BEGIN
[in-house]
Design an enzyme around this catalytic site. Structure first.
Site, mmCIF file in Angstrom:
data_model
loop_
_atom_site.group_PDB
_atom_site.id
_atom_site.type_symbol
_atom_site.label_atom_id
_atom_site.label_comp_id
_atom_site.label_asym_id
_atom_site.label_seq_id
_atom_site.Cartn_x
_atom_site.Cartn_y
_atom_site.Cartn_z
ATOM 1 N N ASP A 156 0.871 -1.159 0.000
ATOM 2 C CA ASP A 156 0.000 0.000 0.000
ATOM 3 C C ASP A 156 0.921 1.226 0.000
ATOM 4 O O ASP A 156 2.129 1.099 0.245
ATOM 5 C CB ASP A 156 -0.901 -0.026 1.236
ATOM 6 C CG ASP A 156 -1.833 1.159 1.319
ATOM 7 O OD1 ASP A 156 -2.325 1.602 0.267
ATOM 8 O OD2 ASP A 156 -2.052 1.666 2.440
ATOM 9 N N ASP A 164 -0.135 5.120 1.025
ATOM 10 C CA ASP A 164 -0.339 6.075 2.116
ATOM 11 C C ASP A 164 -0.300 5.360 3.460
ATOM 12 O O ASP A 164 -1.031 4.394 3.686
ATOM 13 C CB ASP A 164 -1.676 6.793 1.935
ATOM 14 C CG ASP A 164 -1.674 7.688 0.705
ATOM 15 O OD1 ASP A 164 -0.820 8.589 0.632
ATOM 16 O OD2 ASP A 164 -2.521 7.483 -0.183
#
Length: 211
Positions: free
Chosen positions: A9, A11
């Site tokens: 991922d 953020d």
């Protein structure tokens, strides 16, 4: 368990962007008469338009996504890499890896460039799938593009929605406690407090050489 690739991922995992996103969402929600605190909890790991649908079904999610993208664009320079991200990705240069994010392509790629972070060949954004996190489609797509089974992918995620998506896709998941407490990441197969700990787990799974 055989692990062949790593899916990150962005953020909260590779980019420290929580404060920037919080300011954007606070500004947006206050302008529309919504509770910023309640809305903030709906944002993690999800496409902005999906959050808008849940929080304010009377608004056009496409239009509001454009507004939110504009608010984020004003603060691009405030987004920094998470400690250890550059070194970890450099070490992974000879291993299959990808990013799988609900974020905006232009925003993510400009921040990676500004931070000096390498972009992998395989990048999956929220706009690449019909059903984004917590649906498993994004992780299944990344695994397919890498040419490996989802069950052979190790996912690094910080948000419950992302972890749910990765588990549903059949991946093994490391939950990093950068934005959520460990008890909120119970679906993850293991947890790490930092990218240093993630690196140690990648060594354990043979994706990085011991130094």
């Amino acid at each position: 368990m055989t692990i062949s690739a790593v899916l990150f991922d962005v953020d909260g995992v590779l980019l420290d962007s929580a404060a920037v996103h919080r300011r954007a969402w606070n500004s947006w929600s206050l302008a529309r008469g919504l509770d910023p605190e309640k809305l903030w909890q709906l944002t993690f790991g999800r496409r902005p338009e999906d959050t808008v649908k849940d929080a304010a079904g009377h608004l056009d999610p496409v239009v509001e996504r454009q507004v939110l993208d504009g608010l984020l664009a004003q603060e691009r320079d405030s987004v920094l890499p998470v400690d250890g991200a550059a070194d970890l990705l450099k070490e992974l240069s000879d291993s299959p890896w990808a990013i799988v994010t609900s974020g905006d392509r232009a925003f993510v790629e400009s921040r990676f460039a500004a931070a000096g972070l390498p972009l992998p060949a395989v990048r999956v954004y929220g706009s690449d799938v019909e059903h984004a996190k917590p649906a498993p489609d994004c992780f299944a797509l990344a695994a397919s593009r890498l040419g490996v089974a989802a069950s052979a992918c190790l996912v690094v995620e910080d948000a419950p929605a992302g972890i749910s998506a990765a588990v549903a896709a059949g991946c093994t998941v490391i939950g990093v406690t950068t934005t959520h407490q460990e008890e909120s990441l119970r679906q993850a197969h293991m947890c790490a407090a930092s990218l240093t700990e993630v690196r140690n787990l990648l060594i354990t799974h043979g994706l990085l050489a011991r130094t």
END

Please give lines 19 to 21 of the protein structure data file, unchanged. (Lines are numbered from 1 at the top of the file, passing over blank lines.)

ATOM 4 O O ASP A 156 2.129 1.099 0.245
ATOM 5 C CB ASP A 156 -0.901 -0.026 1.236
ATOM 6 C CG ASP A 156 -1.833 1.159 1.319